The extent to which smartphones continue to replace desktop and laptop PCs and even threaten tablets was evident from second quarter 2014 sales figures. Worldwide smartphone sales passed 300 million for the first time, reaching 301.3 million. And that number rose an impressive 25.3% from the same period in 2013.
Among operating systems, Apple’s (NASDAQ: AAPL) iOS and Google’s (NASDAQ: GOOG) Android continued to keep all others out of the market, but the news was not entirely encouraging to the iPhone maker. According to research firm IDC:
The dominant smartphone operating systems (OS), Android and iOS, saw their combined market share swell to 96.4% for the quarter, leaving little space for competitors. Android was the primary driver with its vendor partners shipping a total of 255.3 million Android-based smartphones in 2Q14, up 33.3% year over year. Meanwhile, iOS saw its market share decline despite posting 12.7% year-over-year shipment growth. While Android and iOS both realized gains from a year ago, the rest of the market recorded losses.
Apple’s only near-term chance to fix the disadvantage against Android is an extremely successful launch of its new iPhone 6.
Microsoft’s (NASDAQ: MSFT) press into the smartphone market was a failure again in the second quarter. Its share of the global market dropped to 2.5% from 3.4% in the same period in 2013. There is a very small chance the trouble will not be quite as bad going forward. According to IDC:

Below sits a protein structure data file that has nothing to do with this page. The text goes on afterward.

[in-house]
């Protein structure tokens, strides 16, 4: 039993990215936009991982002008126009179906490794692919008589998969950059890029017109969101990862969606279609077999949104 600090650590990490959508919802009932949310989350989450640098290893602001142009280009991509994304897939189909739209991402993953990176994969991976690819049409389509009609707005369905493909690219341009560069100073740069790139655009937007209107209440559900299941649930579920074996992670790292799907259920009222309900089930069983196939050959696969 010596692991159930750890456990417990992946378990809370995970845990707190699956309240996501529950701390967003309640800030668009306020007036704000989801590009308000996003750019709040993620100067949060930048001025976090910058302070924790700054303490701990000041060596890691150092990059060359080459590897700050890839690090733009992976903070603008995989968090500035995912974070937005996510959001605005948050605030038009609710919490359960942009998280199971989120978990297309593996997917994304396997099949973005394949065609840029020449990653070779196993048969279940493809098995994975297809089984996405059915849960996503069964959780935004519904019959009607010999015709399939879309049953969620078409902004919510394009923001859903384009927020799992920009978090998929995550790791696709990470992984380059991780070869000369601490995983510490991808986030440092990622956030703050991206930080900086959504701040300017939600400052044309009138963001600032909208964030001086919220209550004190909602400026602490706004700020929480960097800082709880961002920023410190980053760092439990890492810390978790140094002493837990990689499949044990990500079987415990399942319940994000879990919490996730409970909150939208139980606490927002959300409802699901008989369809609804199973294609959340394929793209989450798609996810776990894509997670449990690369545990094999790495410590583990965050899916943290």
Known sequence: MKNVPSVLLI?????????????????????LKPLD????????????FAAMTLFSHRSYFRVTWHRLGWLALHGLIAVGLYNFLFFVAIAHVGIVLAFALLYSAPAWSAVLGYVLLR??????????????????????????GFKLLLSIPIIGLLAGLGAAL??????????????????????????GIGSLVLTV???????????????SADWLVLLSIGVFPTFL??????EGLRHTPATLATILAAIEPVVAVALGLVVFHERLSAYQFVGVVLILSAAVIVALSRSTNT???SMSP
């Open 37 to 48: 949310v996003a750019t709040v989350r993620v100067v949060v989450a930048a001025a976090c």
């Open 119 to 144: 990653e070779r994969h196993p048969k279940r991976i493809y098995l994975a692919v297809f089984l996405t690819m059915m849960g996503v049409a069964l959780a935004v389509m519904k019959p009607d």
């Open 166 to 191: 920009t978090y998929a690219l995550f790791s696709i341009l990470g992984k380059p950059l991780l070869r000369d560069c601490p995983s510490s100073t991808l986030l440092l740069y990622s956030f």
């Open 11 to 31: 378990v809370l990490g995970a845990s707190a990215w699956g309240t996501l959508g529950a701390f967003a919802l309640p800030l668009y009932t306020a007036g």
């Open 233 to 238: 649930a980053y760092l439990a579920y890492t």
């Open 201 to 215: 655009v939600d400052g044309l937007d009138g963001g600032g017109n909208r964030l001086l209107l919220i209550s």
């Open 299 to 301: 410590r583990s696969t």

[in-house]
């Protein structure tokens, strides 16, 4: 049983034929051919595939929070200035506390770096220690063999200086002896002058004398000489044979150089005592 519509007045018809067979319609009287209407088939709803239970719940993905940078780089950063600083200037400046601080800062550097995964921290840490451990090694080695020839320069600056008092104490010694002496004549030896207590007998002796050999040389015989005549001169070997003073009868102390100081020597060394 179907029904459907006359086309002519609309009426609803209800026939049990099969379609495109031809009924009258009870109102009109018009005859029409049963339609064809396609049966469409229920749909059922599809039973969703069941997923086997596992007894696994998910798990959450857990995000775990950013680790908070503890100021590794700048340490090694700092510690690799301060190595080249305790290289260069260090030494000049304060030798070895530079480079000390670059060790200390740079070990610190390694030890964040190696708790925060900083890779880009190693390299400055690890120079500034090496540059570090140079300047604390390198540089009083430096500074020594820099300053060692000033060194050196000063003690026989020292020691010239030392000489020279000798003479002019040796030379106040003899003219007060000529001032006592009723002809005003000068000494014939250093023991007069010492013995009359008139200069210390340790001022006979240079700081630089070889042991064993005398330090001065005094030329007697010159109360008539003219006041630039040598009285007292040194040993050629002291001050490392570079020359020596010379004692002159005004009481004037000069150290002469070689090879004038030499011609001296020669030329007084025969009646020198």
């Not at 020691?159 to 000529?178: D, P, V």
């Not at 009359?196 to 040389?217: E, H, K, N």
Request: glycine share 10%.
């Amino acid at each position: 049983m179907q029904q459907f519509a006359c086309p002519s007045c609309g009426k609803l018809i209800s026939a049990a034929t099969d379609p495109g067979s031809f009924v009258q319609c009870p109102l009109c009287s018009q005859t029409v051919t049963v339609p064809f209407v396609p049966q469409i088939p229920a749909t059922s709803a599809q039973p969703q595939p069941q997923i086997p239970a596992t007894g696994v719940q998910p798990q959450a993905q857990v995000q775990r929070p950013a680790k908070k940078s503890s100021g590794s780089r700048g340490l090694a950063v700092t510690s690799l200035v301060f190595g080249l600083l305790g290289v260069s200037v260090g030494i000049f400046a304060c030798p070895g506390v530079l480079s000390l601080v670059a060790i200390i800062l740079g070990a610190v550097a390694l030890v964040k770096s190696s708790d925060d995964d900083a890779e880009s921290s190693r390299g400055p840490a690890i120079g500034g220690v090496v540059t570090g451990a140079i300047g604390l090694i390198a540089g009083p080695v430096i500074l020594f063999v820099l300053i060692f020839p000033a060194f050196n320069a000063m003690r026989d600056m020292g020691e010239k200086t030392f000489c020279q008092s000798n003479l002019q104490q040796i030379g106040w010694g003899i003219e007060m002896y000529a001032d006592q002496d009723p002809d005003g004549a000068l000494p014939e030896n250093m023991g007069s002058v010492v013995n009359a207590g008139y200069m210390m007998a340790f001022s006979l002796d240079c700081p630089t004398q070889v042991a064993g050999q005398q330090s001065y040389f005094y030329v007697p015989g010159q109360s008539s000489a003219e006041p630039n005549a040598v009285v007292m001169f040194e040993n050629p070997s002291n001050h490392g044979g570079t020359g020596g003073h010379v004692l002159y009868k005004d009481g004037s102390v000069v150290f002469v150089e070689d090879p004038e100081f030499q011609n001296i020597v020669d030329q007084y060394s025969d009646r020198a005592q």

Windows Phone volumes declined from a year ago, but compared to the previous quarter, it showed slight improvement, making it the clear number 3 smartphone platform. The list of OEM partners has not changed significantly from a year ago, but that could start to change during the second half of 2014 when numerous vendors within key emerging markets come on board, including BLU, Micromax, Prestigio, Yezz, and others. These join Foxconn, Gionee, JSR, Karbonn, Lava, Lenovo, LG, Longcheer, and ZTE.
This list of adopters is not adequate, based on statements by Microsoft’s management about how important are mobile initiatives. It is not likely that the market will ever be different from Android, iOS, and then barely everyone else.